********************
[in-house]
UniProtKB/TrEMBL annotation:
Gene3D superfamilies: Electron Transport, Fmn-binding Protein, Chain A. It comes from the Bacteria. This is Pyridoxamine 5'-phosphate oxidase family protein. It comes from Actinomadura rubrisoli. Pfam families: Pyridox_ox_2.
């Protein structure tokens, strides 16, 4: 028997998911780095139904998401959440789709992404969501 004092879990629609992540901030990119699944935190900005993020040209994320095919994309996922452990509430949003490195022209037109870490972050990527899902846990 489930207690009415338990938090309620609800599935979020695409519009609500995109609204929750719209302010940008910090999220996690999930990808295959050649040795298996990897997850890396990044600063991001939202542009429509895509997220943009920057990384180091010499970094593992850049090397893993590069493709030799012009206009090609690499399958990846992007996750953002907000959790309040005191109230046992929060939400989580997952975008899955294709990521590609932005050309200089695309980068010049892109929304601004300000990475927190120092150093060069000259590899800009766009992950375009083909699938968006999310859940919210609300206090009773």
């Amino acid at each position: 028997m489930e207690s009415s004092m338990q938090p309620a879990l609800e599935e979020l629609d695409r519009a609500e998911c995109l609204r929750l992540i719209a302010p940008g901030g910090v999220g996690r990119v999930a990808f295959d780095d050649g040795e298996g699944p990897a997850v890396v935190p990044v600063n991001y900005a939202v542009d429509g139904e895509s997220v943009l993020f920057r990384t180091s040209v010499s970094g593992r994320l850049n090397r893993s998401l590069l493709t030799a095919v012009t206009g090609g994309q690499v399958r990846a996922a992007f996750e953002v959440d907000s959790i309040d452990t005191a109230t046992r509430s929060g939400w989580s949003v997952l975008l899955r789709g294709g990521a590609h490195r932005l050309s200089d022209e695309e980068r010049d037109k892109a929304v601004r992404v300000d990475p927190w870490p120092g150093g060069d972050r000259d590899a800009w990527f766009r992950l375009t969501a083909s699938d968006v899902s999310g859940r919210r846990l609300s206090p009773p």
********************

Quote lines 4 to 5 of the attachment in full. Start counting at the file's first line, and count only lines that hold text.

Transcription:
């Protein structure tokens, strides 16, 4: 028997998911780095139904998401959440789709992404969501 004092879990629609992540901030990119699944935190900005993020040209994320095919994309996922452990509430949003490195022209037109870490972050990527899902846990 489930207690009415338990938090309620609800599935979020695409519009609500995109609204929750719209302010940008910090999220996690999930990808295959050649040795298996990897997850890396990044600063991001939202542009429509895509997220943009920057990384180091010499970094593992850049090397893993590069493709030799012009206009090609690499399958990846992007996750953002907000959790309040005191109230046992929060939400989580997952975008899955294709990521590609932005050309200089695309980068010049892109929304601004300000990475927190120092150093060069000259590899800009766009992950375009083909699938968006999310859940919210609300206090009773």
């Amino acid at each position: 028997m489930e207690s009415s004092m338990q938090p309620a879990l609800e599935e979020l629609d695409r519009a609500e998911c995109l609204r929750l992540i719209a302010p940008g901030g910090v999220g996690r990119v999930a990808f295959d780095d050649g040795e298996g699944p990897a997850v890396v935190p990044v600063n991001y900005a939202v542009d429509g139904e895509s997220v943009l993020f920057r990384t180091s040209v010499s970094g593992r994320l850049n090397r893993s998401l590069l493709t030799a095919v012009t206009g090609g994309q690499v399958r990846a996922a992007f996750e953002v959440d907000s959790i309040d452990t005191a109230t046992r509430s929060g939400w989580s949003v997952l975008l899955r789709g294709g990521a590609h490195r932005l050309s200089d022209e695309e980068r010049d037109k892109a929304v601004r992404v300000d990475p927190w870490p120092g150093g060069d972050r000259d590899a800009w990527f766009r992950l375009t969501a083909s699938d968006v899902s999310g859940r919210r846990l609300s206090p009773p």